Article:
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31 Mar 1999 : Column 1071

Oral Answers to Questions


The Secretary of State was asked--

Post-devolution Responsibilities

1. Mr. Nicholas Winterton (Macclesfield): If he will make a statement on the responsibilities of the Secretary of State for Wales after devolution. [78059]

The Secretary of State for Wales (Mr. Alun Michael): After devolution the Secretary of State for Wales will be a member of the United Kingdom Cabinet, with responsibilities for ensuring that the needs and interests of Wales are taken into account in its decisions.

Mr. Winterton: I thank the right hon. Gentleman for his brief reply. I assume it means that he will become a very junior member of a future Labour Cabinet. But will not devolution bring about a massive and unprecedented transfer of power from his office, and will not his accountability to the House, which he stressed in his reply--accountability in regard to agriculture, health, education and other matters--be minimal? How does the right hon. Gentleman feel that he will best be able to represent the interests of the people of Wales in this House, bearing in mind the limited powers that he will have?

Mr. Michael: I do not see how a representative of a party that has no Welsh representatives in the House can have the cheek to talk about power or representation.

As usual, the hon. Gentleman has made the wrong assumptions. The Secretary of State will be an important member of the Government, because the United Kingdom Cabinet will retain responsibility for all sorts of legislation affecting the people of Wales, not only in terms of England and Wales but in terms of the United Kingdom as a whole, and in wider terms. The voice of Wales will continue to be heard. What devolution will do is this: it will put decision making for people in Wales into the hands of representatives elected by the people of Wales to sit in the Assembly. I think that that will prove a very effective way of ensuring that the people of Wales are given the best possible public service, and the best possible representation from those whom they elect.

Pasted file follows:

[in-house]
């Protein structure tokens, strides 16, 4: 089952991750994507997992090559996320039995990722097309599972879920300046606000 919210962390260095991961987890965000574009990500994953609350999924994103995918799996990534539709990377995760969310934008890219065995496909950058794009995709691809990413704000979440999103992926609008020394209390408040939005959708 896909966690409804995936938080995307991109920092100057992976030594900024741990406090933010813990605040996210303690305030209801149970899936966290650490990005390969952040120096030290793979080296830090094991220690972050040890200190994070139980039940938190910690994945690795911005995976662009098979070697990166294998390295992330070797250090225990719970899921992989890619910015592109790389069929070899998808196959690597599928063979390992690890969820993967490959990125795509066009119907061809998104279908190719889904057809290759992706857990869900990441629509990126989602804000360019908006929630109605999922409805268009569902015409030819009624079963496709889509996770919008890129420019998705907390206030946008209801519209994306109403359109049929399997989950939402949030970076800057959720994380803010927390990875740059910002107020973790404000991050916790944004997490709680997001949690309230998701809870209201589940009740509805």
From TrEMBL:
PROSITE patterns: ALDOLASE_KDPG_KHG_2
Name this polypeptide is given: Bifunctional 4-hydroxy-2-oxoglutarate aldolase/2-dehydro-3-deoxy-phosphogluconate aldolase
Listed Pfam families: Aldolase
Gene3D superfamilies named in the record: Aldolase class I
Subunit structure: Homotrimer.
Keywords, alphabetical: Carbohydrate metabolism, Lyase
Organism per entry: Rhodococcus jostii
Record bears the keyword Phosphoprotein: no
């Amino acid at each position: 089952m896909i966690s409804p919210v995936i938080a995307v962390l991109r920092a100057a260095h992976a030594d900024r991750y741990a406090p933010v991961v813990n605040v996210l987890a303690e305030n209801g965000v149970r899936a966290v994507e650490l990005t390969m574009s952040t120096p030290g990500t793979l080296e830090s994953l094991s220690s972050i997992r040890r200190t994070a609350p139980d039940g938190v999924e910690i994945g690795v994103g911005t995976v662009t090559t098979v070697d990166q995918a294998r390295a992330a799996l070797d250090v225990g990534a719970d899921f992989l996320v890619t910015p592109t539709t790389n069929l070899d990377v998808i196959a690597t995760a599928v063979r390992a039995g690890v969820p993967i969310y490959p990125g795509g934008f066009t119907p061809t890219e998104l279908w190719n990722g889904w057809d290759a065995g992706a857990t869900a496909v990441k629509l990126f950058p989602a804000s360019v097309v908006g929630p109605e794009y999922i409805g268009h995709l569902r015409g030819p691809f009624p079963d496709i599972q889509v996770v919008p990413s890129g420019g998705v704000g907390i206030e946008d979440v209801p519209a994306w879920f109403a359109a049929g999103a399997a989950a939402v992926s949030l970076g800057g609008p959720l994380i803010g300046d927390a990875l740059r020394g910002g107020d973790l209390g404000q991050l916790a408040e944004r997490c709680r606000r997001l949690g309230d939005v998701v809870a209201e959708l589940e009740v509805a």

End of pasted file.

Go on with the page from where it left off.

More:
Sir Raymond Powell (Ogmore): Will my right hon. Friend bear in mind the partial responsibility of MPs, particularly Welsh MPs, for Welsh devolution and the setting up of the Welsh Assembly? I accept that my right hon. Friend's continuing membership of the Cabinet will be very valuable to the Welsh nation, but now that he has announced the date of the Assembly's first sitting, will he be kind enough to invite Welsh MPs who have not been elected to the Assembly to attend that function?

Mr. Michael: I agree that Welsh MPs, especially members of the Labour Government, have delivered to Wales an Assembly and an opportunity to be properly represented in the future. [Interruption.] I hear grumbles

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from those sitting on one of the Opposition Benches. I remind them that the Labour party is the real party of Wales.

I certainly accept that the relationship that develops between the Assembly and Welsh MPs will be extremely important, and that there will need to be appropriate opportunities for members of the two bodies to meet.

Dr. Liam Fox (Woodspring): In his answer to the main question, the Secretary of State correctly said that he would be Secretary of State in a Union Cabinet and a Union Parliament. Does he agree that, according to that logic, Members of this Parliament should be able to question the Secretary of State on all aspects of policy, not simply reserved matters?

Mr. Michael: The hon. Gentleman should surely accept that devolution and the establishment of a Welsh Assembly will strengthen the United Kingdom and the Union, in that appropriate decisions will be made at a Welsh level, and there will be accountability on the part of those elected by the people of Wales. As for what questions are appropriate for the Secretary of State for Wales, I think that legislation and the rules of the House of Commons will determine that.

Mr. Desmond Swayne (New Forest, West): What is the answer?

Mr. Michael: It is absolutely clear in the legislation. The hon. Gentleman obviously has not been following events in the House, let alone outside it.